Frontier Constitutions is a pathbreaking study of the cultural transformations arrived at by Spanish colonists, native-born creoles, mestizos (Chinese and Spanish), and indigenous colonial subjects in the Philippines during the crisis of colonial hegemony in the nineteenth century, and the social anomie that resulted from this crisis in law and politics. John D. Blanco argues that modernity in the colonial Philippines should not be understood as an imperfect version of a European model but as a unique set of expressions emerging out of contradictions—expressions that sanctioned new political communities formed around the precariousness of Spanish rule. Blanco shows how artists and writers struggled to synthesize these contradictions as they attempted to secure the colonial order or, conversely, to achieve Philippine independence.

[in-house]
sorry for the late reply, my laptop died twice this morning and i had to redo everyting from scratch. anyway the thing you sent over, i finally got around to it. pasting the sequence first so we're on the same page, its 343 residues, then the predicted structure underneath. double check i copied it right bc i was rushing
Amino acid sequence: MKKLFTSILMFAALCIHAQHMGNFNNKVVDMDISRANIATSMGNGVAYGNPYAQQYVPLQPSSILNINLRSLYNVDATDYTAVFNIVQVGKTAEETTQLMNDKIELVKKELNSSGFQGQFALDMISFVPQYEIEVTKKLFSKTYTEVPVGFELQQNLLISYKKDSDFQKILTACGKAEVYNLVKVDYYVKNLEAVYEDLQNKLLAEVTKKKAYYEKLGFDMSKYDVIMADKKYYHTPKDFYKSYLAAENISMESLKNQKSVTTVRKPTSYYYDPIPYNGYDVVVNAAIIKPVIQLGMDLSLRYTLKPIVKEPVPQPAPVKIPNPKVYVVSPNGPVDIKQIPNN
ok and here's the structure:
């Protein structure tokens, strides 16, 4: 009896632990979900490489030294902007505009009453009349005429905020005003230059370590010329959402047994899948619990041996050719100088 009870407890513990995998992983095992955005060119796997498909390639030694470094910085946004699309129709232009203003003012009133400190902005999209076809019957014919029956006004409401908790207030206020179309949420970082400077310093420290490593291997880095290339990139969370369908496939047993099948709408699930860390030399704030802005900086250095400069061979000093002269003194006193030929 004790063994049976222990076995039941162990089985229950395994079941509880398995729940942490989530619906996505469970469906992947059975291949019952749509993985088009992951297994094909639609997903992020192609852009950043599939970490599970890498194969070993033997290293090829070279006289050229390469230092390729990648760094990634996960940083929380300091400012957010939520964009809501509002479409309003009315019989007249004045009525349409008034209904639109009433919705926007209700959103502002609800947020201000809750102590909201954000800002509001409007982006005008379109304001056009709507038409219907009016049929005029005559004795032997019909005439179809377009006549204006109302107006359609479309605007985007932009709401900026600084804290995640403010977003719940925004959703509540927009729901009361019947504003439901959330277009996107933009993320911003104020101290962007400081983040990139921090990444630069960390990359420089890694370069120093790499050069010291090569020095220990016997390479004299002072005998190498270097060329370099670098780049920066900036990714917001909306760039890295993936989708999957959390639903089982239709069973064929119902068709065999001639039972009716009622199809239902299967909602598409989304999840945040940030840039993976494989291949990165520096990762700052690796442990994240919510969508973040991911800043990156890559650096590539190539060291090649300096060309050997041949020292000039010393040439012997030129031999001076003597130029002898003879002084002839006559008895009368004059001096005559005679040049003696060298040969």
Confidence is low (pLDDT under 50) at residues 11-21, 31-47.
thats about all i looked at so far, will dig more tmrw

Frontier Constitutions Christianity and Colonial Empire in the Nineteenth-Century Philippines
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